Archaeology and Anthropology of Salt: A Diachronic Approach - Proceedings of the International Colloquium, 1-5 October 2008, A. I. Cuza University, Iasi, Romania Marius Alexianu, Olivier Weller and Roxana-Gabriela Curca (eds), Oxford, Archaeopress, BAR International Series 2198, 2007
Not all the published proceedings following an academic event are events themselves, but this book might as well be considered one, since it manages to bring forth an interdisciplinary yet unified view on the complex phenomenon of salt, especially in its relation to the evolution of humanity over time.
Significantly, the 2008 colloquium that made the reviewed book possible took place in Romania, the country with "the oldest evidence for salt production in Europe, and probably worldwide" (Foreword, vii). As is apparent in the editors' Foreword and in Nicolae Ursulescu's welcoming speech, the conference did not appear from nowhere. Supported by the framework of the project Salt springs in Moldavia: the ethnoarchaeology of a polyvalent natural resource, (2007-2010), it continues pioneering research in the history of salt exploitation, for which a significant beginning had been made in Romania by Ursulescu himself as far back as the 1970s. There had been a number of archaeologically focused conferences (Paris 1998, Liège 2001, Cardona 2003, Arc-et-Senans 2006), as well as several others, more historically oriented (Halle/Saale 1992, Granada 1995, Cagliari 1998, Weimar 2001, Nantes 2004, Sigüenza 2006); but the true precursor of the Archaeology and Anthropology of Salt was the 2004 international conference on the archaeology of salt (organized in Romania, by the History Museum in Piatra Neamt), although the papers delivered there ranged from field research to ethno-archaeology, ethnography and linguistics, instead of keeping within the limitations of the historical-archaeological domain. Although these were only about Europe, as the editors mention, important research on salt, from different standpoints, is under way in Asia, South America, Western Africa and Oceania.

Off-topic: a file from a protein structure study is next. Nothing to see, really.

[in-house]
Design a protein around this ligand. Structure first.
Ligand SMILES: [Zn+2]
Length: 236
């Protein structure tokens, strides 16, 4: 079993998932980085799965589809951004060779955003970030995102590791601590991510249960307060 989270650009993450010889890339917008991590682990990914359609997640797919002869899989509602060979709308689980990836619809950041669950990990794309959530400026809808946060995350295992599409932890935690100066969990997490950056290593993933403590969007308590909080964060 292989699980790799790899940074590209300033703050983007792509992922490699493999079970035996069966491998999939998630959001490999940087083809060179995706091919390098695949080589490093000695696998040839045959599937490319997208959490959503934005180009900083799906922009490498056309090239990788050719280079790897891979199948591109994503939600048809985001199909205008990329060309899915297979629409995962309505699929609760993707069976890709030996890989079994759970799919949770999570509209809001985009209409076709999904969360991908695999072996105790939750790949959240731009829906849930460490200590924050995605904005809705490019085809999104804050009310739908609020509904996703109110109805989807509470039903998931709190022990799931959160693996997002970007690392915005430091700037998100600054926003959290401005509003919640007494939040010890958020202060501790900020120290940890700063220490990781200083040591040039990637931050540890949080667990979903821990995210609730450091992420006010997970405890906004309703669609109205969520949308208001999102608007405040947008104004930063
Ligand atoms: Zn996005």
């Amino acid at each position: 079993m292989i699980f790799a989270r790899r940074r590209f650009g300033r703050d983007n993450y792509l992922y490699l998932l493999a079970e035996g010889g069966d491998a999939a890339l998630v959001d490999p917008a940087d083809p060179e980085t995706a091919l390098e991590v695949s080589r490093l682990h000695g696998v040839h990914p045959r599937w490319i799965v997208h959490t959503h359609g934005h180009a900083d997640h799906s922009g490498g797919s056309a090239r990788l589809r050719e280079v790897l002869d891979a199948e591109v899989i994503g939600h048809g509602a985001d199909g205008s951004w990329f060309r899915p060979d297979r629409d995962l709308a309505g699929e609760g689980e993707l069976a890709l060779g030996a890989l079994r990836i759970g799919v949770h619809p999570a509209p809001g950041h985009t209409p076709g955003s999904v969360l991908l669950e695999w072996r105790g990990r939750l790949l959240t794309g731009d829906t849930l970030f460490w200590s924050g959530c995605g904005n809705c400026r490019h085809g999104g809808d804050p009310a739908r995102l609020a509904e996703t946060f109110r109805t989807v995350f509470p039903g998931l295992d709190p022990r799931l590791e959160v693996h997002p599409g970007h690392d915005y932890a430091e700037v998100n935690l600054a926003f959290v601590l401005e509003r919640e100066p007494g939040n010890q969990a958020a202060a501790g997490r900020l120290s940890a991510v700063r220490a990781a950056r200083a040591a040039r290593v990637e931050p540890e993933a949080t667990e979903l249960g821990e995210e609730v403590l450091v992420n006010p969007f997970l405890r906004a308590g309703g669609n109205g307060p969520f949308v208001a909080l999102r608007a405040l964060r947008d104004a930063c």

Through their affiliation to the "narrow group of specialists" in salt, the editors, who also author papers in the volume, profess (in the Foreword) their intention to courageously "spill the salt" in front of the contemporary world and thus restore some essential truths. They fulfill their promise through this collection of articles that provide a broad perspective on this essential mineral, using anthropological, ethnological and philological approaches, and make one reconsider not only the role salt has played in the evolution of humanity, but also the value of research concerned with it.
The structure of the book supports an interdisciplinary approach, as promised in the Foreword. The division into five sections partly gives acknowledges the history of the domain (especially parts II and IV), and this is manifest in the titles: I. Ethnographic Approaches of Salt, II. Archaeological Salt Exploitation, III. Ancient Texts and Salt, IV. Historical Approaches and V. Linguistic and Philological Approaches. The papers are grouped according to interest, but together they create a balance between traditional and novel approaches and render a diachronic picture - from the Chalcolithic until the present times - of topics varying from salt exploitation and its political, social and economic implications, the household uses of salt, the language of salt, and the etymology of names referring to salt.
The opening section is concerned with ethnography and comprises five articles, of which the first two - "Salt springs in today's rural world: an ethnoarchaeological approach in Moldavia (Romania)" (Marius Alexianu, Olivier Weller, Robin Brigand, Roxana-Gabriela Curca, Vasile Cotiuga, Iulian Moga) and "New ethnoarchaeological investigations upon the salt springs in Valea Muntelui, Romania" (Dan Monah, Gheorghe Dumitroaia, Dorin Nicola) - deal with the ethnoarchaeology of salt springs in Romania. …